The main hall of Fujii-dera, built in 1860

The temple’s name includes the character for the Wisteria flower, and beautiful blue Wisteria can be seen inside the temple grounds every year in May. Unfortunately there weren’t any colours in the middle of January. It is said that it was founded by Kobo Daishi in the ninth century. It was converted into a Zen temple during the Edo period, and is one of the three Zen temples along the pilgrimage (the other 85 remained Shingon). As is often the case, the wooden buildings burned down several times throughout history, and the present ones date from the 19th century. However, a statue carved by Kobo Daishi survived each time, and is said to offer protection from disaster. Behind the temple were 88 small statues representing the 88 temples along the pilgrimage (I was in a hurry to immerse myself in nature, so I missed it). 

Great views along the first part

From the start, the path climbed steadily, slowly winding up the mountain side. Close to the temple, there were many reminders of the spiritual aspect of this journey: statuettes and mini-shrines could be seen on both sides of the path. The stone railing on the left was covered in green spongy moss. Small signs saying “henro-michi” (へんろ道) meaning “pilgrimage trail”, were periodically attached to tree branches, preventing all but the most absent-minded of pilgrims from straying from the path.

Helpful signs showing the way

At exactly 10 o’clock, I reached the first viewpoint after crossing a small road. I could see the valley created by the Yoshino River, the second largest river in Shikoku (194 km), and one of the 3 great rivers of Japan. Beyond was a range of low mountains stretching East to West across Tokushima Prefecture. It seemed like an excellent spot for a late breakfast. A man in full pilgrim attire walked by. His pace was so slow that I thought I could easily overtake him later on, but I never saw him again, as if he had vanished into thin air. 

Great view of the Yoshino river basin

After setting off again, I soon reached a rest spot with another view and a small sheltered sitting area. Looking up, I could see large patches of blue sky, but the sun was still lurking behind the clouds. Here and there, attached to tree branches, were short Buddhist sayings. I didn’t stop to decipher them but I imagined that they were meant to encourage the weary traveler. The trail was covered in a layer of dead leaves, and alternated steep and gently sloped sections. This year’s winter was relatively mild throughout Japan, and so I felt lucky not to have any snow on the trail.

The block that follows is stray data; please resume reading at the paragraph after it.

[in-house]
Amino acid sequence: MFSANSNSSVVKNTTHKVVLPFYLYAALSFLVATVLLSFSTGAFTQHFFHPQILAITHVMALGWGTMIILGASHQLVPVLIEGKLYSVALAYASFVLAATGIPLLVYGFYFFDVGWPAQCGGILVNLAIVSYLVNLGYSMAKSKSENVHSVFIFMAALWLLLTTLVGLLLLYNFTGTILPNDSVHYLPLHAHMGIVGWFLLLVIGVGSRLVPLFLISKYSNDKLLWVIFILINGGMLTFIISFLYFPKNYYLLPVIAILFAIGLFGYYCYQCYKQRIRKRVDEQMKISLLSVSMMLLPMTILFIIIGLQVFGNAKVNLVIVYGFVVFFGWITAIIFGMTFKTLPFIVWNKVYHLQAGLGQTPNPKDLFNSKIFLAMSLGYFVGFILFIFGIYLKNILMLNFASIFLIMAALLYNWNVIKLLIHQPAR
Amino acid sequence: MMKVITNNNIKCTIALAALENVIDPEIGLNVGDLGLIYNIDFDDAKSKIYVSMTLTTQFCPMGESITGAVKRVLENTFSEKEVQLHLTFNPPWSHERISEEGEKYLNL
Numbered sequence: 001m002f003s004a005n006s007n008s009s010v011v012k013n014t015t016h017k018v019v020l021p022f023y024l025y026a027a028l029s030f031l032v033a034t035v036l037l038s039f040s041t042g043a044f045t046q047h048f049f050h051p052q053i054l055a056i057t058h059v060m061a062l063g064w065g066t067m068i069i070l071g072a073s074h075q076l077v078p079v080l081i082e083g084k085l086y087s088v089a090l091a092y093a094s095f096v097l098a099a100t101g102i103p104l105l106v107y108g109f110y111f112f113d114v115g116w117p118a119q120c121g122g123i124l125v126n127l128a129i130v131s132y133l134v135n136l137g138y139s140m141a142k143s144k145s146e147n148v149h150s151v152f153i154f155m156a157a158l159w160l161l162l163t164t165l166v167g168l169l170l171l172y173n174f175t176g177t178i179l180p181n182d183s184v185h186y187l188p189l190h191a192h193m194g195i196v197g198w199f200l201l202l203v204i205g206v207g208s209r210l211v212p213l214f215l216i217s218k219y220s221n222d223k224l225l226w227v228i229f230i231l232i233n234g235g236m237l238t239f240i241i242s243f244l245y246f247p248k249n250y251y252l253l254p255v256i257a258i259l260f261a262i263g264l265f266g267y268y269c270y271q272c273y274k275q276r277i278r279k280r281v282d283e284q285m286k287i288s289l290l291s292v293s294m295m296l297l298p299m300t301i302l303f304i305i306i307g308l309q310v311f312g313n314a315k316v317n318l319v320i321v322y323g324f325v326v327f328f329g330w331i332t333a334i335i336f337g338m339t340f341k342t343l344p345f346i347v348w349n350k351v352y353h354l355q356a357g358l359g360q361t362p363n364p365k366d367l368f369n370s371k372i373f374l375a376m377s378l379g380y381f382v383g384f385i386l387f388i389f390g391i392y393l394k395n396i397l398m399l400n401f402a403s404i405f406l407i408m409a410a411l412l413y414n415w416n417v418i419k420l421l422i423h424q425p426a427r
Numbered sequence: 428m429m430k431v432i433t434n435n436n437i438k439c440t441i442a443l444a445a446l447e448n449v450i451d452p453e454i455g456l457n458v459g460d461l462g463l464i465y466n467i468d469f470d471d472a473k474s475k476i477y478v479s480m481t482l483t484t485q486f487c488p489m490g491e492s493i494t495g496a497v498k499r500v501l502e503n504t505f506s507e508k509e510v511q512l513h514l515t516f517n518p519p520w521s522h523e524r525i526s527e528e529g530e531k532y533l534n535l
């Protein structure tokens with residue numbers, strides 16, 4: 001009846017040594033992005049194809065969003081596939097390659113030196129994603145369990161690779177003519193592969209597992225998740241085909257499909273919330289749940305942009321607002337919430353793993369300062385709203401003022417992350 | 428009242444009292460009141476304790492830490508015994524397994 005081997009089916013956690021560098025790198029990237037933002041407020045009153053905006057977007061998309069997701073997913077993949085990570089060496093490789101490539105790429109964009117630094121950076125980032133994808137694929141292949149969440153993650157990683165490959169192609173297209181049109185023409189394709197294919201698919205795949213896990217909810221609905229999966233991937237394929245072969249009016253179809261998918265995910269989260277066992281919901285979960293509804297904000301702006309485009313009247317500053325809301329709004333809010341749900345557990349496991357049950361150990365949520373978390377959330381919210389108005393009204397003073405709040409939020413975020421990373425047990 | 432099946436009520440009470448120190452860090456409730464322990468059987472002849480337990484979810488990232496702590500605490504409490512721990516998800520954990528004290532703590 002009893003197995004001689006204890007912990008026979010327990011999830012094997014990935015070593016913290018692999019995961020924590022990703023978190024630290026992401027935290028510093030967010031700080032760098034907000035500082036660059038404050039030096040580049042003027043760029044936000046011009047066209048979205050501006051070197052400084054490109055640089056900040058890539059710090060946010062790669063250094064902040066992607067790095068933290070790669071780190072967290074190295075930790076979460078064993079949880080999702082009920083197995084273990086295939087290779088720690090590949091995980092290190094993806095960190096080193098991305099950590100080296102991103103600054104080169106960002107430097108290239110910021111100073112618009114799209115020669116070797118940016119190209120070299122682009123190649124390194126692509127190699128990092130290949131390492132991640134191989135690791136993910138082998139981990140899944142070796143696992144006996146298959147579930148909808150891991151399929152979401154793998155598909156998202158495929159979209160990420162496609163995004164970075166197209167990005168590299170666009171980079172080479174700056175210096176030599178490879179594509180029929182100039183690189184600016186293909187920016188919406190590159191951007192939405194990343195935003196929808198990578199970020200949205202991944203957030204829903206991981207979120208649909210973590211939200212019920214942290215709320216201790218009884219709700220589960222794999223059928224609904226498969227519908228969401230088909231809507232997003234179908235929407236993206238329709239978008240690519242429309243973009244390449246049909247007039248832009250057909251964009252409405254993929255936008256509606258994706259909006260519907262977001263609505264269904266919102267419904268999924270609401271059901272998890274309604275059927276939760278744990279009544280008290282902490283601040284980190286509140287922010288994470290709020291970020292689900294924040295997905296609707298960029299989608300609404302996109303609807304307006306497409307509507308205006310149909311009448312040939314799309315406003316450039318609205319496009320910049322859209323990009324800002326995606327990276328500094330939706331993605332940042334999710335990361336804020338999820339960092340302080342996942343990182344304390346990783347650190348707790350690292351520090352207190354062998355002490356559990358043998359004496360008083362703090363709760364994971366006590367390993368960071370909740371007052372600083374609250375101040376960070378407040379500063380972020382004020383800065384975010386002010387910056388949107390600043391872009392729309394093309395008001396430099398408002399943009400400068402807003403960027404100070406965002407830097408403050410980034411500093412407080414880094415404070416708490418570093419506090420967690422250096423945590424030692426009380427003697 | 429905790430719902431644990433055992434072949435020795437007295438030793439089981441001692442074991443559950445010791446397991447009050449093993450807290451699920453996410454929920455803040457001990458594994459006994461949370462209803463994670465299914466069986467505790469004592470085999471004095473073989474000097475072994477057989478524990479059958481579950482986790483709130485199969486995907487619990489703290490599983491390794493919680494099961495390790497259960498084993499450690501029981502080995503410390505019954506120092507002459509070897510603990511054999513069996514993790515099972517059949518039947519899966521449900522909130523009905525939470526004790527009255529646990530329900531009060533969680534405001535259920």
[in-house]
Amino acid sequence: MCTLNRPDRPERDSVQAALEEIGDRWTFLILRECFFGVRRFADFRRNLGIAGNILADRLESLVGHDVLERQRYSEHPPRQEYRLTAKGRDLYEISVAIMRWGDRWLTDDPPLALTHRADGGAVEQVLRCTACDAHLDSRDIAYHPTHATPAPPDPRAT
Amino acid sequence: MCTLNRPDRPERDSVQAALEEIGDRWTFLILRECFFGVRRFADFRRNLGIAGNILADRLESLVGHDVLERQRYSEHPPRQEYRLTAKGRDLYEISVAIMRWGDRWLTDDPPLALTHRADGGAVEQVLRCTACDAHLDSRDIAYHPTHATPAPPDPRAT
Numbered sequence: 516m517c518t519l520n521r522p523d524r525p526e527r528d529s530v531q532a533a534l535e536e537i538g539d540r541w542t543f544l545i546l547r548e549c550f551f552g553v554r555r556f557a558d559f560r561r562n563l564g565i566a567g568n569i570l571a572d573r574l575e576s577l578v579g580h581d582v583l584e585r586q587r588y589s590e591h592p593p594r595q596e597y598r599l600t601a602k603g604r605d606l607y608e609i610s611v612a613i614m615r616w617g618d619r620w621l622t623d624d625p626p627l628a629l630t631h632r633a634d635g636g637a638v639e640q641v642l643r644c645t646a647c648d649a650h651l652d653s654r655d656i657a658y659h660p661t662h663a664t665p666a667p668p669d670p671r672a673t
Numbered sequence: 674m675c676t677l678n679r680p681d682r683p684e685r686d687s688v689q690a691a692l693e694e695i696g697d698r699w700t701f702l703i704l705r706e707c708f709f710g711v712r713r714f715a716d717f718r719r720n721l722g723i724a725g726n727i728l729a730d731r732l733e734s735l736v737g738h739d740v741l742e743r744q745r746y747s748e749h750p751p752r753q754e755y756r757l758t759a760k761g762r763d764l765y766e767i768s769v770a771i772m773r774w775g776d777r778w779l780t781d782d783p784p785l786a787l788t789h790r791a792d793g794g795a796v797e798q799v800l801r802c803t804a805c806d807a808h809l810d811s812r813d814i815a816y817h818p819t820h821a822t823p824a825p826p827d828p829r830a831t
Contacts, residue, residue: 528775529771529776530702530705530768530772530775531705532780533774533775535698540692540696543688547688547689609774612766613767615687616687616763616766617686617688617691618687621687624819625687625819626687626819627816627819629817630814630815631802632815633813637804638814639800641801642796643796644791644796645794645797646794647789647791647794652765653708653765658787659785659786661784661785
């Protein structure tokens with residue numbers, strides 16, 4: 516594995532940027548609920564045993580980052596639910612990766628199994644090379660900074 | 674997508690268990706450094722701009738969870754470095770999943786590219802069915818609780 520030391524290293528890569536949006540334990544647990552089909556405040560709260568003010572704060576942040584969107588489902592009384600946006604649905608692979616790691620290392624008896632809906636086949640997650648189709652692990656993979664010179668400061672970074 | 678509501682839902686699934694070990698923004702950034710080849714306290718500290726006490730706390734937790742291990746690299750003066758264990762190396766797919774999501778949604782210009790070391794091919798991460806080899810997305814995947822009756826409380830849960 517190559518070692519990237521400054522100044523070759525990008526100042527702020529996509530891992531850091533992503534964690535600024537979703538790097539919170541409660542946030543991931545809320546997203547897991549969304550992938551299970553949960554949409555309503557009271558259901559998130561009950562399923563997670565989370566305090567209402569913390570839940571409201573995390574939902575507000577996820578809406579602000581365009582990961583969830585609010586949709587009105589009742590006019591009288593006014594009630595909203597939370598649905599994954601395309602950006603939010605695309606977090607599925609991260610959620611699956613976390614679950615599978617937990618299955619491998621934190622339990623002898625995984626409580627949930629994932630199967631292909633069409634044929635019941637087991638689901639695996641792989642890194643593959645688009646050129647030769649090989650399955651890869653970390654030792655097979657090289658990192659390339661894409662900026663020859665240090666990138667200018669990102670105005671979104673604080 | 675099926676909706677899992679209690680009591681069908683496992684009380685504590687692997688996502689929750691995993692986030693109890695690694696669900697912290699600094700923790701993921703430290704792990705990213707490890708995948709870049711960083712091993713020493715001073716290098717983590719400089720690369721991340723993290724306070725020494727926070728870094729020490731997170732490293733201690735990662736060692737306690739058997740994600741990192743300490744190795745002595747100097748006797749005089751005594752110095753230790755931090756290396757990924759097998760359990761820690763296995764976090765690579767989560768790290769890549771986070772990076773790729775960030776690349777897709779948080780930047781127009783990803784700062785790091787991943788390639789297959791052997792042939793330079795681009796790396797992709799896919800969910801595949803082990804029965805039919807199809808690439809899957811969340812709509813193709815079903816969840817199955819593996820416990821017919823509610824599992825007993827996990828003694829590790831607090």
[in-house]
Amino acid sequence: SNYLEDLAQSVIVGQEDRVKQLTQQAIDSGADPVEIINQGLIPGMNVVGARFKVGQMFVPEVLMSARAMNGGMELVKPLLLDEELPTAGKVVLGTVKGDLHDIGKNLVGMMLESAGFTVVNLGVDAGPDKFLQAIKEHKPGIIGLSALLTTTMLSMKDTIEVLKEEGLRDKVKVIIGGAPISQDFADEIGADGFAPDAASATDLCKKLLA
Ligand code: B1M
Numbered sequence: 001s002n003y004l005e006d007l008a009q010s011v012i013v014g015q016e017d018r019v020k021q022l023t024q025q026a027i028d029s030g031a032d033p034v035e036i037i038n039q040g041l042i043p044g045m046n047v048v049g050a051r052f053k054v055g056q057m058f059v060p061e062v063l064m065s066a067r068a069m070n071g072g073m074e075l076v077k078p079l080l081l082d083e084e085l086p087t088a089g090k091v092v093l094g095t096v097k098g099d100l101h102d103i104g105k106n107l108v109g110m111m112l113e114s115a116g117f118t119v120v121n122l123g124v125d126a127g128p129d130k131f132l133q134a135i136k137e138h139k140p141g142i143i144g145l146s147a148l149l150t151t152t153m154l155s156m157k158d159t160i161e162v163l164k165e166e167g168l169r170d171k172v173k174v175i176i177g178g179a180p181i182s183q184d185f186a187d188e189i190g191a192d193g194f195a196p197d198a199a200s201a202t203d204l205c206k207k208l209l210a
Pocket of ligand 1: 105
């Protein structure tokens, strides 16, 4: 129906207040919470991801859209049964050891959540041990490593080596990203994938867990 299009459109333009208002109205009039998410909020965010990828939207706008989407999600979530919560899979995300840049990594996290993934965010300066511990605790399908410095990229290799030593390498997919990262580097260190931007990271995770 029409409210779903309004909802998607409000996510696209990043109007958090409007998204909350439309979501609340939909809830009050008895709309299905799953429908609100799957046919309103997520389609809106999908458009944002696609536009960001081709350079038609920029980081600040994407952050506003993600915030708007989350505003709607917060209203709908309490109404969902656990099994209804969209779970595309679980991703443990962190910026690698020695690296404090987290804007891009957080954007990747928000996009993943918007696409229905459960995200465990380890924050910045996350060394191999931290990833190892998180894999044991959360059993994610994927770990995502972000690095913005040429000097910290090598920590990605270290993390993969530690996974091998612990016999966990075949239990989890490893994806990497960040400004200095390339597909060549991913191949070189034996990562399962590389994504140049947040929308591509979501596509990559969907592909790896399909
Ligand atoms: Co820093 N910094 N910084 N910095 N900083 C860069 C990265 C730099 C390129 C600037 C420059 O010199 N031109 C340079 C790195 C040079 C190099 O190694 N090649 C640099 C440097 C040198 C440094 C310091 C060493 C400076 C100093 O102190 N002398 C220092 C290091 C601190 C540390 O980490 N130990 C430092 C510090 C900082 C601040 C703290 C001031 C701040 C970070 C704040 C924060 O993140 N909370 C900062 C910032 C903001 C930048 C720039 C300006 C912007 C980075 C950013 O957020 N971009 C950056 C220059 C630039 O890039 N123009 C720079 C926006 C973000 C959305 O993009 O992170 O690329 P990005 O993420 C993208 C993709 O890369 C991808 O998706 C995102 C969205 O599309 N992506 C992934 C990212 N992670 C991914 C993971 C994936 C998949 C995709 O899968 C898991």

A typical section of the hike

I eventually reached a pleasant flat section. Initially I thought I had reached the pass, but I was only moving around the side of the mountain into the fold of a deep valley. Around this time, the sun finally came out. I had seen no one else apart from the phantom pilgrim from earlier. The noises from the valley below had become muffled. This was probably the most enjoyable section of the hike, and the tough ups and downs that lay ahead were, for now, completely forgotten. 

A pleasant stroll in the sun

At the end of the valley the path started to climb steeply again. A few minutes later, I reached Chodo-an (長戸庵), a tiny Buddhist temple surrounded by trees at the top of the ridge. It was just past 11 o’clock and I was 3.2 km from Fujii-dera. According to the legend, Kobo Daishi was taking a break here, when an old man came by with pain in his leg. Kobo Daishi healed the pain by chanting a Buddhist mantra. Afterwards, the old man built the temple as a token of thanks. The characters in the temple’s name stand for “long” and “entrance”, and it’s said that the name refers to a place to take a break and recover. However, I wasn’t feeling tired yet, so I decided to push on.